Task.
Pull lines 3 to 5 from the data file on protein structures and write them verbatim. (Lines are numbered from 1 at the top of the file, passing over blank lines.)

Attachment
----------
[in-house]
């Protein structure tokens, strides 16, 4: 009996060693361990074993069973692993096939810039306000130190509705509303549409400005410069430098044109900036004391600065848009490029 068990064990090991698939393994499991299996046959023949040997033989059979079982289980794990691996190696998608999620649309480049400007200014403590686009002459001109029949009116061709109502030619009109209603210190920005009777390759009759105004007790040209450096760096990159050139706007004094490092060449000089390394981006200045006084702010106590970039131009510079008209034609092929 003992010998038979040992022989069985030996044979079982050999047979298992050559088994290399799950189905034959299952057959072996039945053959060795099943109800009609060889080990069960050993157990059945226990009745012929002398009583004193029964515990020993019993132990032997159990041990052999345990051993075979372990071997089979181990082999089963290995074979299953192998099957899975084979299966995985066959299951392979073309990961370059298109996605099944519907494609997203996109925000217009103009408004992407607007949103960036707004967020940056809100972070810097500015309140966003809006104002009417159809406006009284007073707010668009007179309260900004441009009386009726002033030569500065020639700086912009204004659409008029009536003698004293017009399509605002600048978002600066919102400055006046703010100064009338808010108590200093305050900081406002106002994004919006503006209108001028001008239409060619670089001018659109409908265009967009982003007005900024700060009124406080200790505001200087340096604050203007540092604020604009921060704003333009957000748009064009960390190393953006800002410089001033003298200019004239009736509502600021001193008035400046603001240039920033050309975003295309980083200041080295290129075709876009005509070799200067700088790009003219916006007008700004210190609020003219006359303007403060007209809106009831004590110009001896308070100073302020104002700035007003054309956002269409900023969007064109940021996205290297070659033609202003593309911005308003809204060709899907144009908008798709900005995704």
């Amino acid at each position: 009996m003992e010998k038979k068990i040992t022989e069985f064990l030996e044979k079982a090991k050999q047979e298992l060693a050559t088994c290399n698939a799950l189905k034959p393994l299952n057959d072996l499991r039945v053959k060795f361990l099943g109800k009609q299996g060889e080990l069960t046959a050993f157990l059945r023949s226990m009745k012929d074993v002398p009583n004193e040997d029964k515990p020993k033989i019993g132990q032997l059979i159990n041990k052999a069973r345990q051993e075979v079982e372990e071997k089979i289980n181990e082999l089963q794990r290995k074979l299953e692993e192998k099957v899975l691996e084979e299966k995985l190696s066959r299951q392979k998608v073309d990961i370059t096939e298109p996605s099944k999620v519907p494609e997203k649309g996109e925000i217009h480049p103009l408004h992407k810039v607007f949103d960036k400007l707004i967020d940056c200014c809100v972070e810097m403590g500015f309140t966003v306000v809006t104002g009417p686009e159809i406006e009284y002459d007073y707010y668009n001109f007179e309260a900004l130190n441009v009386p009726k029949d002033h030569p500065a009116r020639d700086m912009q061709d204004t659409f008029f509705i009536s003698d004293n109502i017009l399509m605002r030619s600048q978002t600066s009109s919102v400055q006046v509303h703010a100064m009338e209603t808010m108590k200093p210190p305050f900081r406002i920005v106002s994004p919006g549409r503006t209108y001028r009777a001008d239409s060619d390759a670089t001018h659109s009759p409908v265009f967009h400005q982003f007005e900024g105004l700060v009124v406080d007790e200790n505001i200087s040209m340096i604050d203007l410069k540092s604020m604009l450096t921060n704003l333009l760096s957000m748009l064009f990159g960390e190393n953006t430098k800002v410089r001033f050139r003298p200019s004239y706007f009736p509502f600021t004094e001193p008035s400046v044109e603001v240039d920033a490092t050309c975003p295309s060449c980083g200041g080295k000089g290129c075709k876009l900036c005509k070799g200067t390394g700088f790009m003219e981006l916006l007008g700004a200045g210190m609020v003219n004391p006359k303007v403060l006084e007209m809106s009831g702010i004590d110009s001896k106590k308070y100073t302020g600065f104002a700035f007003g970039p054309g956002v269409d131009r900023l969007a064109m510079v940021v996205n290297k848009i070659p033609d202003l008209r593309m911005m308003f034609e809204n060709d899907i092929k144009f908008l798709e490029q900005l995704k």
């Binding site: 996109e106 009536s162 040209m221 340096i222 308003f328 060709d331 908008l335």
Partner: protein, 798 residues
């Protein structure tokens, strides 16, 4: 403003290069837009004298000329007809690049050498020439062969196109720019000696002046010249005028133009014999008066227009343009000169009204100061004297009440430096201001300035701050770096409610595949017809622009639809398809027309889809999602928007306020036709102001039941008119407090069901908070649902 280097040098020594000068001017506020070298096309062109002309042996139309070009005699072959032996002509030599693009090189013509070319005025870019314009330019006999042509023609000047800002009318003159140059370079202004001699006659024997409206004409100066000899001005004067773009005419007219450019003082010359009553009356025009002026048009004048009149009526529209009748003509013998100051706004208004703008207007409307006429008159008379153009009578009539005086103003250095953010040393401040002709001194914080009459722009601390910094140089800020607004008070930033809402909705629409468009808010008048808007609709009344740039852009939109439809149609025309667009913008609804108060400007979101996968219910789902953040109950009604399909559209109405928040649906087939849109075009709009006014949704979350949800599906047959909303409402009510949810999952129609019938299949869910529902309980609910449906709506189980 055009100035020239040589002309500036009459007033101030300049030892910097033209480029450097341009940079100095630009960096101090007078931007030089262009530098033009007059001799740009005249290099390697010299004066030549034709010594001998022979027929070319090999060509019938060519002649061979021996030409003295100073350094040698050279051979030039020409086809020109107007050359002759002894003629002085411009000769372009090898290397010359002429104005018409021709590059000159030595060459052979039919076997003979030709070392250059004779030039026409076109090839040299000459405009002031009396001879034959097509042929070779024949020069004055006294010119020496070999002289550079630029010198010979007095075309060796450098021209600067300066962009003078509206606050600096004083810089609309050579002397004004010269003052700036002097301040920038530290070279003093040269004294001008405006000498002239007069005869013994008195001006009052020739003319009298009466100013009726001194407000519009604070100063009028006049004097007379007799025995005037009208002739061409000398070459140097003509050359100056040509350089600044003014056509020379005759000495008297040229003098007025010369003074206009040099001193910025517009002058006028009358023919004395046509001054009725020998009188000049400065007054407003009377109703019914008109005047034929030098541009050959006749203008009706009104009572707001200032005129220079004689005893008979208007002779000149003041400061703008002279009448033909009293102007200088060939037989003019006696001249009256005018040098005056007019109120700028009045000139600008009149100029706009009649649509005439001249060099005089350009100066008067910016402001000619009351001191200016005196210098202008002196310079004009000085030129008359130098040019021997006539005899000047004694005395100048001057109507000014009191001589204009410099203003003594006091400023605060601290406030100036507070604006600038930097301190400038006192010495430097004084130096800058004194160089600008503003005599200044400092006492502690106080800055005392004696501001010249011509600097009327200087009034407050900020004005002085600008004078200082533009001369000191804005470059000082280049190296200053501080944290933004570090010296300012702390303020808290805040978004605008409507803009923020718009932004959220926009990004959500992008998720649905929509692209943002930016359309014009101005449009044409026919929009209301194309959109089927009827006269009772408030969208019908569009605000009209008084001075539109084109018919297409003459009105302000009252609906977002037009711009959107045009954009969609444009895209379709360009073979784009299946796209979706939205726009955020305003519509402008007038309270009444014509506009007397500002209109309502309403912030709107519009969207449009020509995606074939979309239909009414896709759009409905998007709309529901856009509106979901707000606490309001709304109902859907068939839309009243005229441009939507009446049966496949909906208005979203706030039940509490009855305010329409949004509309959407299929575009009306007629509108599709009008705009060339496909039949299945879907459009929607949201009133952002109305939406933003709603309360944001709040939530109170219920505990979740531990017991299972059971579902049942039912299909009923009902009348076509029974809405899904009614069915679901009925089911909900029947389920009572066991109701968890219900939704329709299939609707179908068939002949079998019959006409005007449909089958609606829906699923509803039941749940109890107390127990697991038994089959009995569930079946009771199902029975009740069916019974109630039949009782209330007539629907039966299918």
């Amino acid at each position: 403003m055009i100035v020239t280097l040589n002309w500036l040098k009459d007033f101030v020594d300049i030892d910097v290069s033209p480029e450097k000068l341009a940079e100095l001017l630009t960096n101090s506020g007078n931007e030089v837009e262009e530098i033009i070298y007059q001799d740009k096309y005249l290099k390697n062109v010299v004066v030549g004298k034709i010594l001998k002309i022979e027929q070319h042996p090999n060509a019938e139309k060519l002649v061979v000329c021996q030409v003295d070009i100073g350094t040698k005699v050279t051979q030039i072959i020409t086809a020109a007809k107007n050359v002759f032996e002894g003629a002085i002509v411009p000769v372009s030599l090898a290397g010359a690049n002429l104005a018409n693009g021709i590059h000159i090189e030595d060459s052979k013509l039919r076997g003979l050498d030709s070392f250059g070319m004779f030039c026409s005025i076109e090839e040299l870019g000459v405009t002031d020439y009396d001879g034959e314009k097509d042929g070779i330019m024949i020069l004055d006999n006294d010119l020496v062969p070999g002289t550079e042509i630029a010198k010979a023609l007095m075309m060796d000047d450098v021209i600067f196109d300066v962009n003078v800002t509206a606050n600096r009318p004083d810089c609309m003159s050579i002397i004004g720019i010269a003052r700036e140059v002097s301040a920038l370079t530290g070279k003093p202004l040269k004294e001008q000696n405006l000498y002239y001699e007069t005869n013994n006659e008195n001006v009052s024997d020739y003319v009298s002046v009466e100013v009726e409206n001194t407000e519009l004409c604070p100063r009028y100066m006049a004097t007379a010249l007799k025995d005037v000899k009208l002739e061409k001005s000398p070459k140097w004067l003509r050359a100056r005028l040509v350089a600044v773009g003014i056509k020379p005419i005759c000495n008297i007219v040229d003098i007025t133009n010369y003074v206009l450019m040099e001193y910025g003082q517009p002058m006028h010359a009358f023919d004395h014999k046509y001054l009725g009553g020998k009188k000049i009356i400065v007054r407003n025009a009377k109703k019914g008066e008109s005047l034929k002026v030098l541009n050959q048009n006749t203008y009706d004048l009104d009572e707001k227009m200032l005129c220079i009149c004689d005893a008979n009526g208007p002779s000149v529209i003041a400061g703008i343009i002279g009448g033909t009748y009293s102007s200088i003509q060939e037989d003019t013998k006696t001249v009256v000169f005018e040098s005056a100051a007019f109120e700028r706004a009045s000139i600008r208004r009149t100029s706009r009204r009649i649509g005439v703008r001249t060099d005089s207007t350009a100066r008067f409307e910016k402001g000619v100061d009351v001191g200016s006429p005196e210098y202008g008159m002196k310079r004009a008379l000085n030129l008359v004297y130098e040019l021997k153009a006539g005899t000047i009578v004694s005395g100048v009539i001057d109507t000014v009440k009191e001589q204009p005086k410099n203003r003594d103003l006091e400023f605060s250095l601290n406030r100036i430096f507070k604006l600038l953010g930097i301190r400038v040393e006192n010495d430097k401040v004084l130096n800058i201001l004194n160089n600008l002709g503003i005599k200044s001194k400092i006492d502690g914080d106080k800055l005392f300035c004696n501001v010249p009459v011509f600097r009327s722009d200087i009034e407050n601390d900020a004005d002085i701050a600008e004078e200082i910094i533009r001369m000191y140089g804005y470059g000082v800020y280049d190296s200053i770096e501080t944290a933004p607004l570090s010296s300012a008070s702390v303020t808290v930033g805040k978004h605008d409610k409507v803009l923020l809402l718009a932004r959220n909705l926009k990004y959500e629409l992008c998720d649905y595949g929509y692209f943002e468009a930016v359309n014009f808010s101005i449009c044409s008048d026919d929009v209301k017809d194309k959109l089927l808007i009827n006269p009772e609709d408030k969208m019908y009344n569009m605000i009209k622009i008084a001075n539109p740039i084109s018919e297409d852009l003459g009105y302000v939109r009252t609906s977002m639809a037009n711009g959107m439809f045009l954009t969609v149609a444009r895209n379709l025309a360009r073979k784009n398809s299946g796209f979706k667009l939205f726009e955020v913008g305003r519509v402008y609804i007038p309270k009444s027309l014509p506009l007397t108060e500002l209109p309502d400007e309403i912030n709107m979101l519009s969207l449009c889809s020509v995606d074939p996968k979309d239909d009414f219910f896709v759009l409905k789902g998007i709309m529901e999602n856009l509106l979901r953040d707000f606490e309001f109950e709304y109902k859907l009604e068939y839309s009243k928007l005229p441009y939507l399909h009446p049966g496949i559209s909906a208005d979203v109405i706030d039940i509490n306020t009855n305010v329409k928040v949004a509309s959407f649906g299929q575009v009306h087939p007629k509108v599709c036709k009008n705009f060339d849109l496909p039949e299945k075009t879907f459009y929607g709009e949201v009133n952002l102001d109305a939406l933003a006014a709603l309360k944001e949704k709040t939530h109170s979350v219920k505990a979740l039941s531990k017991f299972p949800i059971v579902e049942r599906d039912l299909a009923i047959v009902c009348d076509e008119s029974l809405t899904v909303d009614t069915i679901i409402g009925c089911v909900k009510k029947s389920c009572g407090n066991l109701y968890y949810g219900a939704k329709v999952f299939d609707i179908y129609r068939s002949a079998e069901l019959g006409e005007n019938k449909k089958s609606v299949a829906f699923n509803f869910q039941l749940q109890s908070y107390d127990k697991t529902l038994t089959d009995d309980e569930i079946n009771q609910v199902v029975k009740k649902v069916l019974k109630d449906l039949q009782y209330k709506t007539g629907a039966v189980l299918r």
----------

């Amino acid at each position: 009996m003992e010998k038979k068990i040992t022989e069985f064990l030996e044979k079982a090991k050999q047979e298992l060693a050559t088994c290399n698939a799950l189905k034959p393994l299952n057959d072996l499991r039945v053959k060795f361990l099943g109800k009609q299996g060889e080990l069960t046959a050993f157990l059945r023949s226990m009745k012929d074993v002398p009583n004193e040997d029964k515990p020993k033989i019993g132990q032997l059979i159990n041990k052999a069973r345990q051993e075979v079982e372990e071997k089979i289980n181990e082999l089963q794990r290995k074979l299953e692993e192998k099957v899975l691996e084979e299966k995985l190696s066959r299951q392979k998608v073309d990961i370059t096939e298109p996605s099944k999620v519907p494609e997203k649309g996109e925000i217009h480049p103009l408004h992407k810039v607007f949103d960036k400007l707004i967020d940056c200014c809100v972070e810097m403590g500015f309140t966003v306000v809006t104002g009417p686009e159809i406006e009284y002459d007073y707010y668009n001109f007179e309260a900004l130190n441009v009386p009726k029949d002033h030569p500065a009116r020639d700086m912009q061709d204004t659409f008029f509705i009536s003698d004293n109502i017009l399509m605002r030619s600048q978002t600066s009109s919102v400055q006046v509303h703010a100064m009338e209603t808010m108590k200093p210190p305050f900081r406002i920005v106002s994004p919006g549409r503006t209108y001028r009777a001008d239409s060619d390759a670089t001018h659109s009759p409908v265009f967009h400005q982003f007005e900024g105004l700060v009124v406080d007790e200790n505001i200087s040209m340096i604050d203007l410069k540092s604020m604009l450096t921060n704003l333009l760096s957000m748009l064009f990159g960390e190393n953006t430098k800002v410089r001033f050139r003298p200019s004239y706007f009736p509502f600021t004094e001193p008035s400046v044109e603001v240039d920033a490092t050309c975003p295309s060449c980083g200041g080295k000089g290129c075709k876009l900036c005509k070799g200067t390394g700088f790009m003219e981006l916006l007008g700004a200045g210190m609020v003219n004391p006359k303007v403060l006084e007209m809106s009831g702010i004590d110009s001896k106590k308070y100073t302020g600065f104002a700035f007003g970039p054309g956002v269409d131009r900023l969007a064109m510079v940021v996205n290297k848009i070659p033609d202003l008209r593309m911005m308003f034609e809204n060709d899907i092929k144009f908008l798709e490029q900005l995704k």
């Binding site: 996109e106 009536s162 040209m221 340096i222 308003f328 060709d331 908008l335």
Partner: protein, 798 residues